2. Potassium Chlorate:

  • Match tips.

  • Pyrotechnics.

  • Explosives and propellants.

  • Dyeing of cotton, furs, and wool.

  • Pulp and paper manufacturing.

  • Gargles, mouthwash, dentifrices, and throat Lozenges in pharmaceutical industries.

3. Calcium Chlorate:

  • Processing boiler waste and waste glasses.

  • Pyrotechnics.

  • Photography.

  • Potassium chlorate production.

  • Herbicide, insecticide, and seed disinfectant in agricultural industries.

4. Magnesium Chlorate:

  • Used for cotton defoliation in agricultural industries.

  • Source of oxygen in industries.

  • The oxidizing agent in pyrotechnics.

5. Ammonium Chlorate:

  • Fertilizer.

  • The oxidizing agent in the firework productions and pyrotechnic products.

How to Prepare Chlorates?

The preparation of chlorates includes the following:

  1. Sodium Chlorate Industrial Preparation - Sodium chlorates are prepared on a large scale with aqueous sodium chloride (brine).

  2. Chlorate Preparation in the Laboratory - Adding chlorine to heated metal hydroxide produces metal chlorates.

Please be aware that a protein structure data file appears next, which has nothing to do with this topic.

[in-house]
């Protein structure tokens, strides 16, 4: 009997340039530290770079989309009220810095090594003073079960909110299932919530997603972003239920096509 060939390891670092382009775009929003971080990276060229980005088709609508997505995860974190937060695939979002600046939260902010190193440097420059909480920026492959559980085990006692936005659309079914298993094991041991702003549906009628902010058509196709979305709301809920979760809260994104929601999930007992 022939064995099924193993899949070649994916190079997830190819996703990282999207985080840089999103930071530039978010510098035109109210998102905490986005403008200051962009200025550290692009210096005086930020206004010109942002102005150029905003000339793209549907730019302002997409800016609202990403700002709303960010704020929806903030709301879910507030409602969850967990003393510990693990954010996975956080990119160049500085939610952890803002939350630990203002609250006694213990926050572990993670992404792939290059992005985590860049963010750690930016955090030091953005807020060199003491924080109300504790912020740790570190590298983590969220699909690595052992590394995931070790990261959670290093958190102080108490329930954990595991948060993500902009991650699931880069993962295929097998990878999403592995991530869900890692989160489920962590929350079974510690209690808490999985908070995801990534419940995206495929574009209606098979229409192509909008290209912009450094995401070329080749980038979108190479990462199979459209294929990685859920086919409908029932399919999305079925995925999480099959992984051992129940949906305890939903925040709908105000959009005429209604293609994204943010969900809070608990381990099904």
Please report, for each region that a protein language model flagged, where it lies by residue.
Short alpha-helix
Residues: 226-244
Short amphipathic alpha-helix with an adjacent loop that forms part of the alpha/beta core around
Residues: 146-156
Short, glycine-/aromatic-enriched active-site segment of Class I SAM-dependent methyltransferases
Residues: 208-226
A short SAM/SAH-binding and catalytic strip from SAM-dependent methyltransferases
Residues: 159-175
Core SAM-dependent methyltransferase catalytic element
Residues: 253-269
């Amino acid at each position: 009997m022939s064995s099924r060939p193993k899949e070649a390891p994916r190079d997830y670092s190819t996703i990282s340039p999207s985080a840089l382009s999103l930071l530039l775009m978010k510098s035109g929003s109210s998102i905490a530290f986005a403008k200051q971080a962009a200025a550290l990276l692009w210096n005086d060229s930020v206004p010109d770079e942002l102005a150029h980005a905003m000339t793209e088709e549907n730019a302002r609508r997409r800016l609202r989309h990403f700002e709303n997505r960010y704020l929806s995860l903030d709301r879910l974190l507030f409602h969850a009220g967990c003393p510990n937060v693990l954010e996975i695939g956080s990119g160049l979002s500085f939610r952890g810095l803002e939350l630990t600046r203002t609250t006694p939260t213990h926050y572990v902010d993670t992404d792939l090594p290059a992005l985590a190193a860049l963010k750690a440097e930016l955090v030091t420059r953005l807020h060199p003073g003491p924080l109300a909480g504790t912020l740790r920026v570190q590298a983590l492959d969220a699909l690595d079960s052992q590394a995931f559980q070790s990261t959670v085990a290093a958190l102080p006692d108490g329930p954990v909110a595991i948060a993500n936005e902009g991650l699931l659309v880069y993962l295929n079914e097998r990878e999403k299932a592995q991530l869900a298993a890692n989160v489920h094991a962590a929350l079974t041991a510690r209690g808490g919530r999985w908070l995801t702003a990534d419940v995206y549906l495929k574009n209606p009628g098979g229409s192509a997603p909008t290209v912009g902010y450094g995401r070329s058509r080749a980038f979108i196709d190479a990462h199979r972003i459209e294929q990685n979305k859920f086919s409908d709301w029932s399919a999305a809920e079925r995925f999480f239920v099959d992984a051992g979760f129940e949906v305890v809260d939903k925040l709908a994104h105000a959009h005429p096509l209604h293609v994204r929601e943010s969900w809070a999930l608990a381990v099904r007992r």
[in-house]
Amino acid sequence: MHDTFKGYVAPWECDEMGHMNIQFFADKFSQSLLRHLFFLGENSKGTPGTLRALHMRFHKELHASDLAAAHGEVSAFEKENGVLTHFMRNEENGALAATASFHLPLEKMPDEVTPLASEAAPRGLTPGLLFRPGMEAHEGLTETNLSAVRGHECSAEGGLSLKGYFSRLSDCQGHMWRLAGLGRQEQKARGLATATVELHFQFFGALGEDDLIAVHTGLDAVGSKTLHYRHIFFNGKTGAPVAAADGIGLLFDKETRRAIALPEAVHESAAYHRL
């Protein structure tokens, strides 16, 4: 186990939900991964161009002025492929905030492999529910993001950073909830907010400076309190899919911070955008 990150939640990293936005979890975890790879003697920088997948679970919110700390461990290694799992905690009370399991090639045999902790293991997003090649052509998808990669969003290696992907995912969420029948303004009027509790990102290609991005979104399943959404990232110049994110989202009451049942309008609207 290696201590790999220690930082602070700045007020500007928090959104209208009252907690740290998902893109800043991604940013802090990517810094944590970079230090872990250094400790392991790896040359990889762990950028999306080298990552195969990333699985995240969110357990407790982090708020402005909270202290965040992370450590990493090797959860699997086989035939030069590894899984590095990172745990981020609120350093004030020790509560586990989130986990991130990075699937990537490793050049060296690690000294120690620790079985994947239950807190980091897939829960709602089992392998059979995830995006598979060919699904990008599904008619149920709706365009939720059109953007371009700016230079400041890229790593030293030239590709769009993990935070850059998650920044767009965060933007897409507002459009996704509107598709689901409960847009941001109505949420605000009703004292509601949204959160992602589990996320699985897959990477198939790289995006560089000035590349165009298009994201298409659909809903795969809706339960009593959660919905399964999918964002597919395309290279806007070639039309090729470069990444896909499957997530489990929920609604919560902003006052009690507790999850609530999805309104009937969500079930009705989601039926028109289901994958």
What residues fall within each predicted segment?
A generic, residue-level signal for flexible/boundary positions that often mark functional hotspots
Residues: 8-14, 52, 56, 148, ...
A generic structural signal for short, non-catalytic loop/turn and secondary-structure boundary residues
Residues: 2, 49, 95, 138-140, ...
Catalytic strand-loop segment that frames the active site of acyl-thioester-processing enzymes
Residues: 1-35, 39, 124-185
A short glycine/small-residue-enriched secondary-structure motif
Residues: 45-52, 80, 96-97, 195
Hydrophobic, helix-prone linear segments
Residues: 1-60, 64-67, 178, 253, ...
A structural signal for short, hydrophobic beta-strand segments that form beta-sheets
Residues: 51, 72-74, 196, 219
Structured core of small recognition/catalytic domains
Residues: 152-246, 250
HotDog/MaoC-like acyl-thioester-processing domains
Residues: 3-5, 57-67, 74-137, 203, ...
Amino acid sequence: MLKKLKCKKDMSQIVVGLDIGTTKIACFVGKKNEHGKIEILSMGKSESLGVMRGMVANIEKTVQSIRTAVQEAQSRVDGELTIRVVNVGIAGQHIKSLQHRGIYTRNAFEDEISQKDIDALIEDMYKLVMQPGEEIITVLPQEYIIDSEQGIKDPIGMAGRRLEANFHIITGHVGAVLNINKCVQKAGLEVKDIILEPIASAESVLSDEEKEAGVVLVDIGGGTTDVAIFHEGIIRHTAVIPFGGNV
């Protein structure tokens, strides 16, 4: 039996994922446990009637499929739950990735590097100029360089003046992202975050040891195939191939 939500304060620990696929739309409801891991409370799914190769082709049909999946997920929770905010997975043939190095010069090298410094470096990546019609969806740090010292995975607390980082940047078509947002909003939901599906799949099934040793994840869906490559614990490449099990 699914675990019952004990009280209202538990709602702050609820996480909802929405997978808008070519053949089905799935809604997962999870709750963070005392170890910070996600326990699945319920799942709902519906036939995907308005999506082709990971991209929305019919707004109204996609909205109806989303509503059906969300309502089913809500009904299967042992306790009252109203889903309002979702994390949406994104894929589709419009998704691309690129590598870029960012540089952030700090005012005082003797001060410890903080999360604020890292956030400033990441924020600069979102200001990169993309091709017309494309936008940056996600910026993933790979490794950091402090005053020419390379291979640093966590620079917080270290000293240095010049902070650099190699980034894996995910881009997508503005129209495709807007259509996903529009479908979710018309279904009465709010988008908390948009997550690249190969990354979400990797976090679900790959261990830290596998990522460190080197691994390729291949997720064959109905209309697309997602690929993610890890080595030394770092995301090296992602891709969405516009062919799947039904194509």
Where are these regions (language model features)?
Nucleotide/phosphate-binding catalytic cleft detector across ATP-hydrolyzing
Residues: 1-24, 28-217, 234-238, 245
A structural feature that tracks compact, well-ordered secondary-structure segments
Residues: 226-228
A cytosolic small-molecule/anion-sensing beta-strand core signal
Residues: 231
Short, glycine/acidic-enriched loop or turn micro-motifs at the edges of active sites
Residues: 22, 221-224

What Is Chlorate Toxicity?

Chlorate toxicity refers to the toxic effects of consuming or being exposed to excessive amounts of chlorate, which contains chlorine and oxygen. Ingestion of high doses of chlorate can lead to serious health problems and may cause death in severe cases if left untreated.

What Are the Types of Chlorate Toxicity?

The three types of chlorate toxicity include the following:

  1. Acute Toxicity - It occurs when a large quantity of chlorate is ingested within a short period. It leads to serious health problems such as abdominal pain, diarrhea, vomiting, electrolyte imbalance, and even death.

  2. Chronic Toxicity - It occurs when low chlorate doses are ingested over an extended period. It may lead to long-term health issues such as anemia, kidney damage, and increased cancer risk.

  3. Dermal Toxicity - Dermal toxicity refers to the toxic effects of skin exposure to chlorates. It causes skin irritation, redness, itching, and rashes.

What Is the Pathogenesis of Chlorate Toxicity?